07.01.05 - 23.02.05

Vladimir Kuprijanov | Faith, Love, Hope

    

Translated from Russian into German by Christine Roth, Translated into English by Constanze Korb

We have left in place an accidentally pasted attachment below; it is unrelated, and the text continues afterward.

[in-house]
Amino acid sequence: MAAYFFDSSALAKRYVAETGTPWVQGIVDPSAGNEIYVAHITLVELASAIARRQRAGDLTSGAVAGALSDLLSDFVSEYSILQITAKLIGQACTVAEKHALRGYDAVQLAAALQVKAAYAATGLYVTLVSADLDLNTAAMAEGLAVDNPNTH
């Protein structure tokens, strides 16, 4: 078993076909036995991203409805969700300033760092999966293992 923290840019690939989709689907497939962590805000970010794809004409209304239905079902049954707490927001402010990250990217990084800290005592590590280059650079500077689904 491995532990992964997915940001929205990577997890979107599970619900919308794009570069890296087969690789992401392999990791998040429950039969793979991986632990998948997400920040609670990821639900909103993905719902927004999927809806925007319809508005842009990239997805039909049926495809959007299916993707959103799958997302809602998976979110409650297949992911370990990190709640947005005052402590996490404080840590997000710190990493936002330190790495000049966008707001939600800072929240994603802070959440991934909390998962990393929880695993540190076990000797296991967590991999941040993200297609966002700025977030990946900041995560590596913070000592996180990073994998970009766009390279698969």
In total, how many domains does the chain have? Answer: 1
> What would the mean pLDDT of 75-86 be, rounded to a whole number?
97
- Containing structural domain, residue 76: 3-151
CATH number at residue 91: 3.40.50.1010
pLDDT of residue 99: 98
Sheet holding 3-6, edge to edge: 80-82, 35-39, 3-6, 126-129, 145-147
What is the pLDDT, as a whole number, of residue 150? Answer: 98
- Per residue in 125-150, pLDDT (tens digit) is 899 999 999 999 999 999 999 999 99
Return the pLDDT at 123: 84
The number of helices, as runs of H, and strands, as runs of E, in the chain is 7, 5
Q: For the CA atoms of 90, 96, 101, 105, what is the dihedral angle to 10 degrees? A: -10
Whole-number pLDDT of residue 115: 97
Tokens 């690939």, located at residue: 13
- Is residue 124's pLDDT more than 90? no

The series "Faith, Love, Hope" deals with the subject of identification, with the meditation about the question who we are and why we are here. Vladimir Kuprijanov took the panorama landscapes from Central Russia in the summer of 2004, in the Jaroslaw and Tulaer region. The technology of the digital photograph allowed him to catch specific details from the Russian nature and concretely chosen landscapes. In these photographs, every bur, every panache of the mugwort and every yellow, violet or orange cemetery flower fallen from the sky have a sense. The artist gives a special symbolism to the fragments of the village cimetery. For Kuprijanov, it is just here that today's observations are made: He is, indeed, provocative, but not aggressive and absolutely naive, reminding the observer of the classic literature from the 19th Century. The base of the series "Victoria " consists of a worked variation of photographs from a family archive. Strictly speaking, we do not see much more than these basic photographs; there are no "violent" interventions in these works. They are composed in a manner that all "interventions", all tension, the whole artificial richness are practically brought to a termination by the laws of optic - and this is possibly the most surprising thing of the series "Victoria". The precision of the metamorphosis, which is accompagnied by colour photographs, is impressive. Through a minimal intervention (film with a hardly transparent black and white print over the basic image), the colour image becomes richer and the colours become more luscious and apparently hand made. All this is achieved through the act, that colours and chiaroscuro of the basic image are corrected by the use of a semi-transparent replique (however black and white, and not in colours). By the bulky but simple construction, consistsing of a mirror and a aggrandised photograph, the mirror does not only reflect the banal flat photography, but the same picture, provided with a depth and a space of unknown origin. It is certainly not exagerated to ascribe partially the artificial aspect of these works right to the impression created by the surmounted nature of photography. The complicated games which play these works with the attention of the viewer deviate the observer obviously from the sensation of strangeness, immanent in these pictures. And while the observer's attention is deviated, he is able to construct an association with this or another work, being recompensed by the feeling of a direct encounter with the illustrated moment.

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